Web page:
Developing Agility and Quickness

Front Cover

The ball handler who fakes and then drives past a defender for an easy score. A pass rusher who leaves a would-be blocker in his wake on the way to sacking the quarterback. A setter who manages to maneuver both body and ball in the blink of an eye to make the perfect pass for the kill and match-winning point. These are all reasons agility and quickness are such prized physical attributes in modern sport.

Efforts to become markedly quicker or more agile, however, aren’t always successful. Genetic limitations, technical deficiencies, and inferior training activities are among the major obstacles.

Developing Agility and Quickness helps athletes blow past those barriers thanks to the top sport conditioning authority in the world, the National Strength and Conditioning Association. NSCA hand-picked its top experts to present the best training advice, drills, and programs for optimizing athletes’ linear and lateral movements. Make Developing Agility and Quickness a key part of your conditioning program, and get a step ahead of the competition.

 

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Contents

Introduction
Key to Diagrams
Developing Change of Direction Speed
Factors Determining Quickness
WarmUp Methods and Techniques for Agility Training
Age and Sex Considerations
Testing Assessment and Monitoring of Agility and Quickness
Change of Direction Speed Drills
Quickness Drills
Agility and Quickness Program Design
SportSpecific Agility and Quickness Training
References
Index
About the NSCA
Copyright

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About the author (2019)

ABOUT THE NSCA

The National Strength and Conditioning Association (NSCA) is the world’s leading organization in the field of sport conditioning. Drawing on the resources and expertise of the most recognized professionals in strength training and conditioning, sport science, performance research, education, and sports medicine, the NSCA is the world’s trusted source of knowledge and training guidelines for coaches and athletes. The NSCA provides the crucial link between the lab and the field.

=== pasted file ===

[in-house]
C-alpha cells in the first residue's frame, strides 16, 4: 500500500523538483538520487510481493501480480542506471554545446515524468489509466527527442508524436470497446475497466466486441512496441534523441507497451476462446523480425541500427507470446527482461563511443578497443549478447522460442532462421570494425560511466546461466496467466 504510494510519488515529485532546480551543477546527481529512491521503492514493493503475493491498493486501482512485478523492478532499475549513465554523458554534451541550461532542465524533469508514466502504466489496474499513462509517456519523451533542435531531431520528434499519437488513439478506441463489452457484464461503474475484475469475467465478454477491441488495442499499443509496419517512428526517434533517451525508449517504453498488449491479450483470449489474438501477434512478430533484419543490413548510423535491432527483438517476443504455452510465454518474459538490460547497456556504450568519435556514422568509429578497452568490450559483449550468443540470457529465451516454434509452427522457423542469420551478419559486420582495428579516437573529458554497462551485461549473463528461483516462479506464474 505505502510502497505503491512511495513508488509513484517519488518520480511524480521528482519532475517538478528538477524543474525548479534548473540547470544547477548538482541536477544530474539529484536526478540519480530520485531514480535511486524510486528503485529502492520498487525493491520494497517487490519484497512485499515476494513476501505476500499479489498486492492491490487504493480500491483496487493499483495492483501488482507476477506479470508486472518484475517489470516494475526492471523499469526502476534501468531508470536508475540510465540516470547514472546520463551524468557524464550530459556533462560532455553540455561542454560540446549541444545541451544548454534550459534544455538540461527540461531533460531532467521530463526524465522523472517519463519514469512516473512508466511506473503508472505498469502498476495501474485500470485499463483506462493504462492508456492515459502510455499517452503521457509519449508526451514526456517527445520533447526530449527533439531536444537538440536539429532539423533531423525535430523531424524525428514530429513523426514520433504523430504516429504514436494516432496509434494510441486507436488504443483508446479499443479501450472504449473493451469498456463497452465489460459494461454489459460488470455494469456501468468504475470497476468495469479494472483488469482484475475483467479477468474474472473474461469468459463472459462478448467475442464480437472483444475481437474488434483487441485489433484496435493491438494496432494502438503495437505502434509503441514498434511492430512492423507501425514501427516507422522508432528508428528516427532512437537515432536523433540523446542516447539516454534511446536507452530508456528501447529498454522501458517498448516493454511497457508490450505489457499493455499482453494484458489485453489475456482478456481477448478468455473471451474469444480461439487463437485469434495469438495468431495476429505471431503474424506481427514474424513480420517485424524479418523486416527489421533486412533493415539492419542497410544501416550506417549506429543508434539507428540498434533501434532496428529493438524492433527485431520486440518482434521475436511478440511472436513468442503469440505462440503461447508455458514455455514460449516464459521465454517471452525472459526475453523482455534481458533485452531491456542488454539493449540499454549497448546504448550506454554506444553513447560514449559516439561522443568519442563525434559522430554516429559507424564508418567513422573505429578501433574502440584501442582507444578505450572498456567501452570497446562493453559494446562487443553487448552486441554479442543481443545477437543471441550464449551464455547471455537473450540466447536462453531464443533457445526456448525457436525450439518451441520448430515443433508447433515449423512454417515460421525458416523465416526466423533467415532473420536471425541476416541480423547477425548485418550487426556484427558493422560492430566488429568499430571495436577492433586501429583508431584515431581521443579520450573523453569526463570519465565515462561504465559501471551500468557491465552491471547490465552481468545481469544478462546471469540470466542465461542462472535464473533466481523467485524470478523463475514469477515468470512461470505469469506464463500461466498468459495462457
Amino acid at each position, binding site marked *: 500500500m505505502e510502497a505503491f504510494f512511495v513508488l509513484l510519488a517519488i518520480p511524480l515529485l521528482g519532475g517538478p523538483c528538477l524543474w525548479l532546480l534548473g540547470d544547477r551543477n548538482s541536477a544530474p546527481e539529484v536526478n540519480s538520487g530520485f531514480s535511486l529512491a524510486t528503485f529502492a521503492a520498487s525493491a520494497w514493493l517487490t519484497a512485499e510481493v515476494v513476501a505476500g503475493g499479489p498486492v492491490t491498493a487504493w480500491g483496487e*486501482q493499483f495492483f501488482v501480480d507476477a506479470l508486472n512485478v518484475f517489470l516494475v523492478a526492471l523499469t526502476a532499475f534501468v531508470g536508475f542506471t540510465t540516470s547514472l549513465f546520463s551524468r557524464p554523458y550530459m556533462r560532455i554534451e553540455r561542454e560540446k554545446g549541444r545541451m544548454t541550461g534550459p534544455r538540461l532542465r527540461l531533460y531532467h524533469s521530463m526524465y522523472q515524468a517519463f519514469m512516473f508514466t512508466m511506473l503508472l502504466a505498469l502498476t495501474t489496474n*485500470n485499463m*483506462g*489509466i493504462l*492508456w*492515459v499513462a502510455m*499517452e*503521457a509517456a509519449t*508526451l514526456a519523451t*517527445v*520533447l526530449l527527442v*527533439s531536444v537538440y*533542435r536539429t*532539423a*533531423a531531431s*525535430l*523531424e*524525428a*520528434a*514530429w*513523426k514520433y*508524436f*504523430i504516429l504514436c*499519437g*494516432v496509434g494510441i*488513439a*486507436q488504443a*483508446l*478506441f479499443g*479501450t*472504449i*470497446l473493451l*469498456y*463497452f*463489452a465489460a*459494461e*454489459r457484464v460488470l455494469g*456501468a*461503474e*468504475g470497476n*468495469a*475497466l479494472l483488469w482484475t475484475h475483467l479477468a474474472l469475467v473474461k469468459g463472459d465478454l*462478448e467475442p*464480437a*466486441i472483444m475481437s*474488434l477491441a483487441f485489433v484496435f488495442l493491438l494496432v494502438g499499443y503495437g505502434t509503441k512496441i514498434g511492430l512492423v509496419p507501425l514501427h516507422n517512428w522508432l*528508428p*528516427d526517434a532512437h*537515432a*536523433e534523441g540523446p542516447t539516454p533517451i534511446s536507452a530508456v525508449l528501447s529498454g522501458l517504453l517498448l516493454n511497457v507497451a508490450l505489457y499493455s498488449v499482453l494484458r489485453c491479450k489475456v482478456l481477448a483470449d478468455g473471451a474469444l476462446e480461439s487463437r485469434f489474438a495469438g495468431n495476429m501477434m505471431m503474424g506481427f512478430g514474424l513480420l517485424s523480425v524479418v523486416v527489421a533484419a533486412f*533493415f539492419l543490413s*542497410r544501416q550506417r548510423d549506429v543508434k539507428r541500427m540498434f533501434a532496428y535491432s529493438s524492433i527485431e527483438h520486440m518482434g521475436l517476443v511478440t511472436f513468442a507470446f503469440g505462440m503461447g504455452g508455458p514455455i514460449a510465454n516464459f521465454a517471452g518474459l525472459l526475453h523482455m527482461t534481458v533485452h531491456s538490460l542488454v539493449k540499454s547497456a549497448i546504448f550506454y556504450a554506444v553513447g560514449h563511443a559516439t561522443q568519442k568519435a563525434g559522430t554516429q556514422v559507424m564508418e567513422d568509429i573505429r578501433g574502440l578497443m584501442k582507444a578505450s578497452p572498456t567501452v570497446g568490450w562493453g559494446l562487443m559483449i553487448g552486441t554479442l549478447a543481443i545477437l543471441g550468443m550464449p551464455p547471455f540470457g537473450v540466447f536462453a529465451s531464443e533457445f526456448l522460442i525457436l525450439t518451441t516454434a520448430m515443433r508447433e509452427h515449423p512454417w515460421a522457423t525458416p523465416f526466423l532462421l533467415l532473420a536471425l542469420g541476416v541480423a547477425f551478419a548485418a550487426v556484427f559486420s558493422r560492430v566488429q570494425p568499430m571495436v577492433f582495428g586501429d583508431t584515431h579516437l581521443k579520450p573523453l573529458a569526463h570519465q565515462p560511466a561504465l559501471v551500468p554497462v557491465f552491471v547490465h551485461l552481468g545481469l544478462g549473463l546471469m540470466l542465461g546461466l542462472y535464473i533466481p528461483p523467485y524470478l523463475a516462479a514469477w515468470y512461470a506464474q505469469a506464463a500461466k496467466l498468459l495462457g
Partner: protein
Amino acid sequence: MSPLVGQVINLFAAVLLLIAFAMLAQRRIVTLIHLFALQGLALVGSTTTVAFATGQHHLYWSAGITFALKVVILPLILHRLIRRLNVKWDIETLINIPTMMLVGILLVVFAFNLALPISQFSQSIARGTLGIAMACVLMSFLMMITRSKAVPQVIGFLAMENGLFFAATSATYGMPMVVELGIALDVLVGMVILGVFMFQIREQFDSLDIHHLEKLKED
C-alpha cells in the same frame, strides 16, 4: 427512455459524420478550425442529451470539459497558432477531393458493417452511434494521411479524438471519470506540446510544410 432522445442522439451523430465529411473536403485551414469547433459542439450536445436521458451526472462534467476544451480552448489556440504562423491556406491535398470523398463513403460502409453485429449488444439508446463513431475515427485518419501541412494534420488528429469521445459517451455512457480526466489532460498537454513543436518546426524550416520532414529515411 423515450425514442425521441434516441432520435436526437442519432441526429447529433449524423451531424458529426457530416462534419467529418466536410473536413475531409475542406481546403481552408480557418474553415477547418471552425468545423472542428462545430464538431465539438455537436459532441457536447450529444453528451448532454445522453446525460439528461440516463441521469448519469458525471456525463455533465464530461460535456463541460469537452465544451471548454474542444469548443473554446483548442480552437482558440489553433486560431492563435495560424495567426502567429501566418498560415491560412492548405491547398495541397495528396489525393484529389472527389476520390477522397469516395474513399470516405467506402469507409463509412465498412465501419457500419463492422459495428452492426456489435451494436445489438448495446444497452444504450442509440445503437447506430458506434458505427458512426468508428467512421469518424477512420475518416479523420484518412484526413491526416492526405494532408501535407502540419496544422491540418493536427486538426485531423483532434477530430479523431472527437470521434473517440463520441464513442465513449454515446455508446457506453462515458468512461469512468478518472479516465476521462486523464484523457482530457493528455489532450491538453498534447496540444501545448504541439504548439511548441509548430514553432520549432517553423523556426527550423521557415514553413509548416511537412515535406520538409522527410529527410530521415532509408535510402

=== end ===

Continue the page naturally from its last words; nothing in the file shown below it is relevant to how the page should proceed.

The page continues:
ABOUT THE EDITOR

Jay Dawes, PhD, CSCS,*D, NSCA-CPT,*D, FNSCA, is an associate professor of strength and conditioning and the program coordinator for the masters of science in strength and conditioning program at the University of Colorado in Colorado Springs. He has worked as an athletic performance coordinator, strength and performance coach, personal trainer, educator, and postrehabilitation specialist for over 20 years. Dawes also frequently coaches and provides sport science support to numerous elite and professional teams and law enforcement, fire, and military groups. His primary research interests are improving and measuring performance for tactical athletes and first responders and enhancing athletic performance.

Dawes is certified by the National Strength and Conditioning Association (NSCA) as a strength and conditioning specialist (CSCS) and as a personal trainer (NSCA-CPT); by the American College of Sports Medicine as a health fitness specialist (ACSM-HFS); and by the Australian Strength and Conditioning Association as a level 2 strength and conditioning coach. He was also recognized as a fellow of the NSCA in 2009.

Dawes is the author of Complete Guide to TRX® Suspension Training (Human Kinetics, 2017) and coauthor of Maximum Interval Training (Human Kinetics, 2015), and he has written numerous book chapters and articles on improving sports and tactical performance.

He lives in Colorado Springs, Colorado.

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